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Is China Ready For Climate Litigation?

We believe China will soon witness a series of climate cases, despite the absence of a dedicated climate change law. The year 2021 has seen a series of concrete steps towards China’s carbon neutrality goal. Earlier on, the Chinese Ministry of Ecology and Environment (MEE) issued a series of carbon market regulations, a policy document on coordinating climate and environmental work, and another one on mobilizing climate finance. The State Council has issued a guiding opinion on building a low-carbon circular economy.

This momentum is keeping up. In May, a high-level Carbon Peaking and Carbon Neutrality Leadership Working Group was formed, led by Vice Premier Han Zheng. He asked to break down the climate targets and formulate action plans down to regional, sectoral, and enterprise-level, starting from state-owned enterprises.

Shortly after, the MEE issued the Guiding Opinion on Strengthening the Prevention and Control of High Energy-consuming and High-emission Construction Projects at the Source for Ecology and Environment. For the first time, carbon emissions must be factored in the environmental impact assessment (EIA) of high emission projects, in accordance with regional and sectoral peaking targets. This document imposes a hard legal obligation on local governments to tighten the EIA process and strengthen inspections against carbon-intensive industries. Importantly, it provides a legal hook for prosecutors and NGOs to bring climate change cases against emitters and relevant approval authorities. The upcoming amendment to the national EIA law is likely to explicitly incorporate climate change impacts now.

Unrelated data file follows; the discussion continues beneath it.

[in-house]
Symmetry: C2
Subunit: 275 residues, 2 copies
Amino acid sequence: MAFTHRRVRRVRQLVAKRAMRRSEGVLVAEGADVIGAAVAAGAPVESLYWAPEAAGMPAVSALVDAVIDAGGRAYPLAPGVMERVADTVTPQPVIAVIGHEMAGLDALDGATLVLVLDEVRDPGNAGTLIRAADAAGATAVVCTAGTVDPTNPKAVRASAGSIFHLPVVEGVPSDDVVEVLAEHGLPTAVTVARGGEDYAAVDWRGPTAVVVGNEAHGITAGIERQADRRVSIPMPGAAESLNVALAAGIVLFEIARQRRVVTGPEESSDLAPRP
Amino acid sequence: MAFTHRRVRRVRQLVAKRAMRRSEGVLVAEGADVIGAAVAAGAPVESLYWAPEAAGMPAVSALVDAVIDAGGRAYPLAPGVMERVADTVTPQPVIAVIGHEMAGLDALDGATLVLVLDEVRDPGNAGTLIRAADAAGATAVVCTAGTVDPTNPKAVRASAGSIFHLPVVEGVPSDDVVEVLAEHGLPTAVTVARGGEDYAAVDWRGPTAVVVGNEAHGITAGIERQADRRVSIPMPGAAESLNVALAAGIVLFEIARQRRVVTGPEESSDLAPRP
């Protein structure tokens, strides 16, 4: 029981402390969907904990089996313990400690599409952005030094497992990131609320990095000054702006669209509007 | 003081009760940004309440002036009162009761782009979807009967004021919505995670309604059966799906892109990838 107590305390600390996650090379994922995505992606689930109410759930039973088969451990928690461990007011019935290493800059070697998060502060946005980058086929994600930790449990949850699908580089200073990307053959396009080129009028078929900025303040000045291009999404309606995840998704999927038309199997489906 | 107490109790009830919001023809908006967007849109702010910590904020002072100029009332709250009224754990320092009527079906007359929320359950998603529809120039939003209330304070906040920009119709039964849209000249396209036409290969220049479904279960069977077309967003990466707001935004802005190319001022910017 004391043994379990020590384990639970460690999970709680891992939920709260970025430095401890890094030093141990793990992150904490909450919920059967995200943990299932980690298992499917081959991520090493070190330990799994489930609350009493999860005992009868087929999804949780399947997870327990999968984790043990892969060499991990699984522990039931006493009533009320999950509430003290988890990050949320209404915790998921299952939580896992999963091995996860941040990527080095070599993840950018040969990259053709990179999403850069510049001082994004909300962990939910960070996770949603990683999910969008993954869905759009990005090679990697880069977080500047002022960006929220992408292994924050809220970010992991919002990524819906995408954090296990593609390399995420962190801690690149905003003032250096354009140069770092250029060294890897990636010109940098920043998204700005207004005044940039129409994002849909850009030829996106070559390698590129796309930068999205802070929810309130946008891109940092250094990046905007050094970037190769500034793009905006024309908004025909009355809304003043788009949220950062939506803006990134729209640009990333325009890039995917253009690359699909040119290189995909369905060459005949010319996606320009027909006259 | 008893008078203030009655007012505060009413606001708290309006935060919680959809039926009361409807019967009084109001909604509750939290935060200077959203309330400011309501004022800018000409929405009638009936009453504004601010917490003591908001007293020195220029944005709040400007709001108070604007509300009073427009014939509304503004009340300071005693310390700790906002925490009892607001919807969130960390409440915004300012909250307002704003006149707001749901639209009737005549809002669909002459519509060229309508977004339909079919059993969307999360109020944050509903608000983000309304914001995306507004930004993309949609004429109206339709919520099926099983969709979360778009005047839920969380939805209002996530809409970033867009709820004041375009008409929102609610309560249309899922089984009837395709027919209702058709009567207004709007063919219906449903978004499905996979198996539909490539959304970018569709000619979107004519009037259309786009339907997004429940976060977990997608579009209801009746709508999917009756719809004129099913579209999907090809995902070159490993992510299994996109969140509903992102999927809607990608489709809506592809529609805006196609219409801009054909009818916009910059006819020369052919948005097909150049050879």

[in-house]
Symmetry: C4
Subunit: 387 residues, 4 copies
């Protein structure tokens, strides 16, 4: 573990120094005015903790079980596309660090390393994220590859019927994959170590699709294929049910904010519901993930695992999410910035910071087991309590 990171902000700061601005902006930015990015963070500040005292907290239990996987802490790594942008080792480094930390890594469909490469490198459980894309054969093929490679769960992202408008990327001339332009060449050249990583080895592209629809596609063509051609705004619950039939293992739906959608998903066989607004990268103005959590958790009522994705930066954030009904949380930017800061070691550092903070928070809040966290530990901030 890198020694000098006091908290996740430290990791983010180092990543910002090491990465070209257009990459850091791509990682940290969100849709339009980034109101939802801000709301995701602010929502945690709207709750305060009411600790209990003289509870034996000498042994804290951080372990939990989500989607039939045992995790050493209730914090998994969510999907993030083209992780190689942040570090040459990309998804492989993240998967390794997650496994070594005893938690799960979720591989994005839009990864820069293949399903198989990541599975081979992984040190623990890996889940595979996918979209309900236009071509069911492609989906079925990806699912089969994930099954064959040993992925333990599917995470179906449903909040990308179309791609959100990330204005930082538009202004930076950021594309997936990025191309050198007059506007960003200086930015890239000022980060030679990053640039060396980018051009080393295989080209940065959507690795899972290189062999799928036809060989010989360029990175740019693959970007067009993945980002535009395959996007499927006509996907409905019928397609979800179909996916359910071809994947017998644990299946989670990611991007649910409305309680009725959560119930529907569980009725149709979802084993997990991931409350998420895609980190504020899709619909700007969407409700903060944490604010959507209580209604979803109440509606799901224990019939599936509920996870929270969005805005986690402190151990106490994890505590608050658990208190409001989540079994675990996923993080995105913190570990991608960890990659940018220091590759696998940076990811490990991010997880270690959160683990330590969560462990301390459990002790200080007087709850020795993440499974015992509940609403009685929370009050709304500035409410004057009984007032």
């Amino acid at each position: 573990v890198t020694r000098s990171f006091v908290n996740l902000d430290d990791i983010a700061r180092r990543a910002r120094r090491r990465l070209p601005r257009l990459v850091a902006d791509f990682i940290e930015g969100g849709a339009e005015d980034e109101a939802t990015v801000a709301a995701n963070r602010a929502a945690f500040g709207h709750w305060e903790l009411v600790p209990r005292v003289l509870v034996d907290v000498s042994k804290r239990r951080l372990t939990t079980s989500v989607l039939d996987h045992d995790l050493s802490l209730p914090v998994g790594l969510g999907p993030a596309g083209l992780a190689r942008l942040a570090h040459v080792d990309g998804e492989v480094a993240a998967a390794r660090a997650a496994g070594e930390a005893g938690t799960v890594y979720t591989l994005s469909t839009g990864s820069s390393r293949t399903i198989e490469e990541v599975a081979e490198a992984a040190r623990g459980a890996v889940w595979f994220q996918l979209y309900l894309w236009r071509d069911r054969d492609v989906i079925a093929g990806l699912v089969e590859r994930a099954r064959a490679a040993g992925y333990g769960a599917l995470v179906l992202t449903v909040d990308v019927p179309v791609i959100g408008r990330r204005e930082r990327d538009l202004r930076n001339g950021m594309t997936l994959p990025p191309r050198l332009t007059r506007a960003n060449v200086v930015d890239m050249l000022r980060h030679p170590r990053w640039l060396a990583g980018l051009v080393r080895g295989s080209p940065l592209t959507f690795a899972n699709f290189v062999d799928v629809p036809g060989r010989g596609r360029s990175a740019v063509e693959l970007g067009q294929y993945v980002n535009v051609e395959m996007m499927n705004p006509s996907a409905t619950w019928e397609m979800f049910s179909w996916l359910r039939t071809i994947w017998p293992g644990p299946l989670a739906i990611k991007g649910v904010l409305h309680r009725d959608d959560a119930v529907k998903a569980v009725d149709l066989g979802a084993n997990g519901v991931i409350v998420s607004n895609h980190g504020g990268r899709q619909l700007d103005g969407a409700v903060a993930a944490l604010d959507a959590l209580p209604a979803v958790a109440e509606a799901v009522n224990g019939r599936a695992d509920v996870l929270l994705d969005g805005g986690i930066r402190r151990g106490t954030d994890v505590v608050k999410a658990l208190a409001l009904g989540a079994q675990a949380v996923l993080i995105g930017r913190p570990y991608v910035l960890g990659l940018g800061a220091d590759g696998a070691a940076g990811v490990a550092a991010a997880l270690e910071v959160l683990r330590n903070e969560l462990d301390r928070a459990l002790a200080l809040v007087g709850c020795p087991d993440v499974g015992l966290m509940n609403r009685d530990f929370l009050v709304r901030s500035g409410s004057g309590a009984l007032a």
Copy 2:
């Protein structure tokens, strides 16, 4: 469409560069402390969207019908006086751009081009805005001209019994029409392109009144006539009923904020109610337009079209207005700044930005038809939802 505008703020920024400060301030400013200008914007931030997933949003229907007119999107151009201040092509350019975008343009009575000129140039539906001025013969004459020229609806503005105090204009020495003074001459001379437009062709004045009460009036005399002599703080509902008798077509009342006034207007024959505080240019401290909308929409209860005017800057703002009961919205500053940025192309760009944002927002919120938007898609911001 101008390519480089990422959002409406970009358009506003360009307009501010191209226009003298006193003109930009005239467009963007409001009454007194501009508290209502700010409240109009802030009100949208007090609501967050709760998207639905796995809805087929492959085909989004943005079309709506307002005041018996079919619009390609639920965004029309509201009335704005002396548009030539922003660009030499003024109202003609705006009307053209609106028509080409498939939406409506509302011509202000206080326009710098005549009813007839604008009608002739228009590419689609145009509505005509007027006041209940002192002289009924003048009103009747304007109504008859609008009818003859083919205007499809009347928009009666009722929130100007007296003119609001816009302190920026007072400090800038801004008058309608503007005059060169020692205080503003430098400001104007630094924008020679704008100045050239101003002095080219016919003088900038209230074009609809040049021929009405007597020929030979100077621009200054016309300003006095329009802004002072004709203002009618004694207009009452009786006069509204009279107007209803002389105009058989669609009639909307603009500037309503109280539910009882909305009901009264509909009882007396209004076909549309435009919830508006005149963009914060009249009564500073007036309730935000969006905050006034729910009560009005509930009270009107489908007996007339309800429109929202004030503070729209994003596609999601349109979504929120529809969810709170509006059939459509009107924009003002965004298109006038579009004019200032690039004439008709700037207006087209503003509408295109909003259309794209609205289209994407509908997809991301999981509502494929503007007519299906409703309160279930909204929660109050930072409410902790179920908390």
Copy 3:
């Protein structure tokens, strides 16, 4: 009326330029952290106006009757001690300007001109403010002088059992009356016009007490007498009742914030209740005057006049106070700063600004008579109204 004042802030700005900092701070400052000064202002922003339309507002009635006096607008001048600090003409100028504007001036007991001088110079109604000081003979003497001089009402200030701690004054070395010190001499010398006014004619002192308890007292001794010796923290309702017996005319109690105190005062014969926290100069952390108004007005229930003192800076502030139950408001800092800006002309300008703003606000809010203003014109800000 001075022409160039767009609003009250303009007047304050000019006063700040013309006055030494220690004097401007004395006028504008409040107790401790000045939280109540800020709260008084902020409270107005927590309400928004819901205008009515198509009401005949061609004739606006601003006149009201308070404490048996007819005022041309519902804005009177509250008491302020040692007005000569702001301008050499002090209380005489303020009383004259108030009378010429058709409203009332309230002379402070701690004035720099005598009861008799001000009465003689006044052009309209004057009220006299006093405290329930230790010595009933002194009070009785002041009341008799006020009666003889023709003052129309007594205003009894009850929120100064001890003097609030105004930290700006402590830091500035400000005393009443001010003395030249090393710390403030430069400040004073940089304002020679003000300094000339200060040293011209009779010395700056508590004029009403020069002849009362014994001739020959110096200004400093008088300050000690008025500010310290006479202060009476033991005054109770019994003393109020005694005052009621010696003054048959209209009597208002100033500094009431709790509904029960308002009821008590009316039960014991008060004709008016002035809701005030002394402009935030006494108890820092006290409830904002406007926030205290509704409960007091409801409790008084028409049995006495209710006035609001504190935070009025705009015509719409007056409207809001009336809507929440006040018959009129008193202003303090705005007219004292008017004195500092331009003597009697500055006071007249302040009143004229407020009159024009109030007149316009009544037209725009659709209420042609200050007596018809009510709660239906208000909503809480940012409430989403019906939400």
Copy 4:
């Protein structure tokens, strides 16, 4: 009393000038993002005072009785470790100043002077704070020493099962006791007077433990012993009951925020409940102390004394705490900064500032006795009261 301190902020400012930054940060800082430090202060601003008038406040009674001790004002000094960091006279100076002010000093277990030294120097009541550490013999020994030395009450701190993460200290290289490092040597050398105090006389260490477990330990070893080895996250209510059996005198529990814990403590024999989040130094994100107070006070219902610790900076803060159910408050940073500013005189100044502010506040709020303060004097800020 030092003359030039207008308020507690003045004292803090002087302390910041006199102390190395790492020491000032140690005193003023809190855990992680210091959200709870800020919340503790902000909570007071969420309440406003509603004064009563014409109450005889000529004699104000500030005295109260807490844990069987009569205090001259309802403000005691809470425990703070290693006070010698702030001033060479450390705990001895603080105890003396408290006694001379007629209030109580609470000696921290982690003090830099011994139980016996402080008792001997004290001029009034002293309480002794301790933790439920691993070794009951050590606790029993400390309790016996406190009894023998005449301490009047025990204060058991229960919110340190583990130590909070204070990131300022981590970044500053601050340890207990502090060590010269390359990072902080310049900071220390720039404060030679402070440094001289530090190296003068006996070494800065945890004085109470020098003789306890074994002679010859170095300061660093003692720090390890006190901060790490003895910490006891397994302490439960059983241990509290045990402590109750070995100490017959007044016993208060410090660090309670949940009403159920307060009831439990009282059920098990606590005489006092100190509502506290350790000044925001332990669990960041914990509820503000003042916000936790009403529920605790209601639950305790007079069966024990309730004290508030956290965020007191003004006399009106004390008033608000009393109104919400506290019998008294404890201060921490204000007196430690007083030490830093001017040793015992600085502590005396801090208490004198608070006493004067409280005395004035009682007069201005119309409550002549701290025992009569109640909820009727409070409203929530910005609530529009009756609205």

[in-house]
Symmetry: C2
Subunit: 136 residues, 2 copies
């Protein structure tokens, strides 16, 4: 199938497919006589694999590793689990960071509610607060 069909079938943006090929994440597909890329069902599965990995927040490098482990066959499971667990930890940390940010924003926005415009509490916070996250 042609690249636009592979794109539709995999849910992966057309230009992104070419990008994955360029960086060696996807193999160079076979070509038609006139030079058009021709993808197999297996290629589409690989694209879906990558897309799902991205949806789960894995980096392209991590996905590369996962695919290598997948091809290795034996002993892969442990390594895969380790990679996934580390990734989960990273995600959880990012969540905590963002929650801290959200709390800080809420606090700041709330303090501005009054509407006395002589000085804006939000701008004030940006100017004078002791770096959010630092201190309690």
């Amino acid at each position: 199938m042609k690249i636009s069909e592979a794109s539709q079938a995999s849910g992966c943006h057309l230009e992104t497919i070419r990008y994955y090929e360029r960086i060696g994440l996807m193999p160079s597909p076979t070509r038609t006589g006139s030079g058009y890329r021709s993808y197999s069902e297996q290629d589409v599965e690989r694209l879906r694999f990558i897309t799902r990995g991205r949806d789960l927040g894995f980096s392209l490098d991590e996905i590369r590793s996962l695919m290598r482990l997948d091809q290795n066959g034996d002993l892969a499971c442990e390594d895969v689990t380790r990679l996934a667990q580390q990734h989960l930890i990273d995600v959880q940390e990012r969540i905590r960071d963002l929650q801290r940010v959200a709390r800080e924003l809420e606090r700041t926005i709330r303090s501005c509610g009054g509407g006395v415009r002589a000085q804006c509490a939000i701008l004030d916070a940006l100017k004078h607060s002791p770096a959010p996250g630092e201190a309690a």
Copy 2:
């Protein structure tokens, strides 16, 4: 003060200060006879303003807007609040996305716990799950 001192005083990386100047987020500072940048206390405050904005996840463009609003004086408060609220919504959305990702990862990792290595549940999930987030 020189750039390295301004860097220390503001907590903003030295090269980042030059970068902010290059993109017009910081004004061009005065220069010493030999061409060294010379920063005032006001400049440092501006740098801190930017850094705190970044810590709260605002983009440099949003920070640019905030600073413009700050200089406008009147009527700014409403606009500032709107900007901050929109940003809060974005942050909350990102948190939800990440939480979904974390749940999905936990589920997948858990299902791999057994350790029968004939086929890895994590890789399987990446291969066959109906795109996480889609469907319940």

The role of the judiciary in tackling climate change was also emphasized in the World Judicial Conference, which was co-organized by China’s Supreme People’s Court and UNEP in Kunming in May. The resulting Kunming Declaration of the World Judicial Conference on Environment calls for courts to play a proactive role in tackling climate change, and envisages climate litigations involving carbon reduction, emission trading, green finance, etc. to contribute to this. A diversified array of judicial measures are advocated, including the use of preventive litigation, injunctions against harmful projects, restorative measures, and more.

With almost all the key pieces in place, China is poised to witness the first series of climate change litigations now. Political support is there – President Xi has pledged to achieve carbon neutrality by 2060; the Kunming Declaration highlights China’s judicial ambition, and the leadership has clearly emphasized that the climate transition must accelerate now. The institutional setup is there too – a top-level climate change working group was formed; China has specialized public interest prosecution departments at all levels, which can bring cases against the government and have brought over 80.000 environmental cases in 2020 alone. Just last week, the Supreme People’s Procuratorate agreed to publish an opinion piece which we drafted, which argues that China’s public interest prosecutors can and should bring climate change cases. We take this as a signal that the procuratorate is open to exploring such cases. The courts are ready too – China has established specialized environmental courts at all levels, and Chief Justice Zhou Qiang has long supported the idea that China’s courts should play an active part in the climate transition. The courts even have a definition of climate cases – in a white paper published last year, the Supreme People’s Court for the first time included a description of climate cases, including mitigation and adaptation cases that involve the emission of substances directly or indirectly impacting the climate.